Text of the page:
Guy Reschenthaler (R-Penn.) has been a member of the U.S. House of Representatives since 2019, representing Pennsylvania’s 14th Congressional District. In 2022, he ran unopposed for reelection with Trump’s blessing.
Prior to joining Congress, Reschenthaler served as a Pennsylvania state senator from 2015–19. After volunteering for the U.S. Navy Judge Advocate General Corps, he served in Iraq as a Navy prosecutor. He graduated from law school at Duquesne University and practiced law before being elected a magisterial district judge in 2013.
When he first ran for Congress in 2018 and for state office several years earlier, Reschenthaler faced questions about his relationship with former Trump administration official Carl Higbie, who was forced to resign for repeatedly making racist, homophobic, and xenophobic statements. For instance, in his 2012 book, Battle on the Home Front: A Navy SEAL’s Mission to Save the American Dream, Higbie wrote that Hurricane Katrina survivors are “human parasites,” that “widespread acceptance” of LGBT people “is wrong,” and that it’s his “right to be suspicious” of anyone wearing a turban. Reschenthaler wrote the foreword to that book and in 2013, he co-hosted a conservative podcast with Higbie called The Sound of Freedom.
After the 2020 presidential election, Reschenthaler adhered to the GOP playbook by casting doubt on the legitimacy of Biden’s win and making claims of fraud unfounded by facts. He objected to certifying the Electoral College results and voted against both impeaching Trump for inciting the mob and establishing a special House committee to investigate the insurrection, among other measures.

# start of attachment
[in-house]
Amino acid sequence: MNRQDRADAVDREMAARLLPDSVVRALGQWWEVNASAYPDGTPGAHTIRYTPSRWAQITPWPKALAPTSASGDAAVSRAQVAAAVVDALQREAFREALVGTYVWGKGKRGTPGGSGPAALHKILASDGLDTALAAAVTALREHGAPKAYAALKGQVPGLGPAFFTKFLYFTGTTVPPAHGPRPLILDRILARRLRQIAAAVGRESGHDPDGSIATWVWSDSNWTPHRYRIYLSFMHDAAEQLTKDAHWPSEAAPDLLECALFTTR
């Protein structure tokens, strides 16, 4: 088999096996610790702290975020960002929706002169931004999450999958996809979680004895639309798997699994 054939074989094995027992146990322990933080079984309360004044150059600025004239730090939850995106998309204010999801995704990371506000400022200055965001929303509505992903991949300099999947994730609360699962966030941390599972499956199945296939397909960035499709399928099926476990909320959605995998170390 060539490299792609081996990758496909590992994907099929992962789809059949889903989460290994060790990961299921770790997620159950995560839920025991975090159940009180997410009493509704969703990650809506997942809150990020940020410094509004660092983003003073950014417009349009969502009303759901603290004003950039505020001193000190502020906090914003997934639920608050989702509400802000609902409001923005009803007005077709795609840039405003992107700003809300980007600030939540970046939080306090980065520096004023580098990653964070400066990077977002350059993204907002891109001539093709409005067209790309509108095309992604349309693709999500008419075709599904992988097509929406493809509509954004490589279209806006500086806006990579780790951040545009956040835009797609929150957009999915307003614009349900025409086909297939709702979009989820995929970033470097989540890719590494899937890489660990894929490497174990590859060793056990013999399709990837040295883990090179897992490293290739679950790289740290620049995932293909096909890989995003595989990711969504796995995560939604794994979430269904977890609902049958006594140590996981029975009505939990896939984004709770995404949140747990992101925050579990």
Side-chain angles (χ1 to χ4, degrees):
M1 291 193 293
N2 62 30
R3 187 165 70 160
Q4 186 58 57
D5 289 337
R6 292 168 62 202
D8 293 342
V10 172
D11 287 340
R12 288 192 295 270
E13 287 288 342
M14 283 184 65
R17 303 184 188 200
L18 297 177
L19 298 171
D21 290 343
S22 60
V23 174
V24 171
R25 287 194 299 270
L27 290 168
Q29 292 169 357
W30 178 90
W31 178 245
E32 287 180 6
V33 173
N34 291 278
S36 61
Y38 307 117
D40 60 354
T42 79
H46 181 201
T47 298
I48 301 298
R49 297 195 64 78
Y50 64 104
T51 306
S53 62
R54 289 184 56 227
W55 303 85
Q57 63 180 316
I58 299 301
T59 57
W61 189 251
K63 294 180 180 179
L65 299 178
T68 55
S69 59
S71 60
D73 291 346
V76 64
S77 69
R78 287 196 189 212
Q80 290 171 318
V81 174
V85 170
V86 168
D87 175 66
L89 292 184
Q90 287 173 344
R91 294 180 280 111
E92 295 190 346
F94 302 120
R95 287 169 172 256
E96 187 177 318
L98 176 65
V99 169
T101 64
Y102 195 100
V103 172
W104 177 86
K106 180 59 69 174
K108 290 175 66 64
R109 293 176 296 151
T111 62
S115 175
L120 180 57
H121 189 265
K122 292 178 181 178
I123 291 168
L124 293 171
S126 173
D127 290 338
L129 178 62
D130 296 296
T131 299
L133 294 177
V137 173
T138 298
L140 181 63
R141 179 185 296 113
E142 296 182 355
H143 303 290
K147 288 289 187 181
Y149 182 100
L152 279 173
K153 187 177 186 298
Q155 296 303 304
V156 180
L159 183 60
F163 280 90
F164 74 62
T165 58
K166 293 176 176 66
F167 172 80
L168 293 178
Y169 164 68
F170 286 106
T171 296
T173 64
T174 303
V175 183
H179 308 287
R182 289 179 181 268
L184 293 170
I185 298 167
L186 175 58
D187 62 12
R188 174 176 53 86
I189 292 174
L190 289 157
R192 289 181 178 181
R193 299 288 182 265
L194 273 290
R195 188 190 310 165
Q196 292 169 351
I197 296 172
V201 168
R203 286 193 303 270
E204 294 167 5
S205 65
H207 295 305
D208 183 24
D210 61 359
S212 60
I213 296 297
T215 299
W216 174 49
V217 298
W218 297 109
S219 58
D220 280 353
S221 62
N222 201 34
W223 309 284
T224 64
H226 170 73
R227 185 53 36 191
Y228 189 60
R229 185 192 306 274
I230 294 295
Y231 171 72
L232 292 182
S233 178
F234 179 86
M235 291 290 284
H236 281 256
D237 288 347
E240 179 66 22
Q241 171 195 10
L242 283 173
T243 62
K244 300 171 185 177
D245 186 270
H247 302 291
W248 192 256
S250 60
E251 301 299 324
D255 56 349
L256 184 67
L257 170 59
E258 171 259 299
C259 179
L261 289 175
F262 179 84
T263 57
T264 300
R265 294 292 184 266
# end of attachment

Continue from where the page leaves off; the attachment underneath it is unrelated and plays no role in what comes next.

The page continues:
January 6, 2021
- Just hours after Trump supporters stormed the Capitol, Reschenthaler joined 146 other congressional Republicans in refusing to certify Biden’s win of the presidential election.
- Months later he maintained that his vote against certifying the Electoral College rsults did not do anything to embolden or legitimize the rioters who attacked Capitol Police and disrupted the congressional proceedings underway that day. In the same interview, he repeatedly refused to say that he believes President Biden was legitimately elected and instead coyly rebuffed the question by saying that voters should “worry” that he is the president.
- Reschenthaler objected to impeaching Trump for his role in inciting the insurrection, stating, “At a time when our nation is still healing, we must seek out the issues that unite us rather than those that further divide us.”
- Reschenthaler voted agains establishing a House committee to investigate the genesis of the violent assault on the Capitol and congressional members and staffers at work inside.
The Big Lie
- On Nov. 11, 2020, Reschenthaler tweeted: “Voter fraud occurred in the 2020 election and it’s our duty to bring it to light. If we don’t take this to the courts and hold the guilty parties responsible, we are going to severely hurt the integrity of all future elections in this country.”
- Reschenthaler called his vote against certifying the 2020 Electoral College results purely “symbolic” because he knew it would not affect the end result.
- On Nov. 6 and Dec. 1, 2020, Reschenthaler signed letters to then Attorney General Bill Barr asking the Justice Department to investigate the presidential election results based on “widespread reports of irregularities” in ballot counts.
- On Dec. 10, 2020, Reschenthaler signed an amicus brief in a lawsuit filed by the state of Texas urging the U.S. Supreme Court to overturn the results of the presidential election in four swing states: Georgia, Michigan, Pennsylvania, and Wisconsin.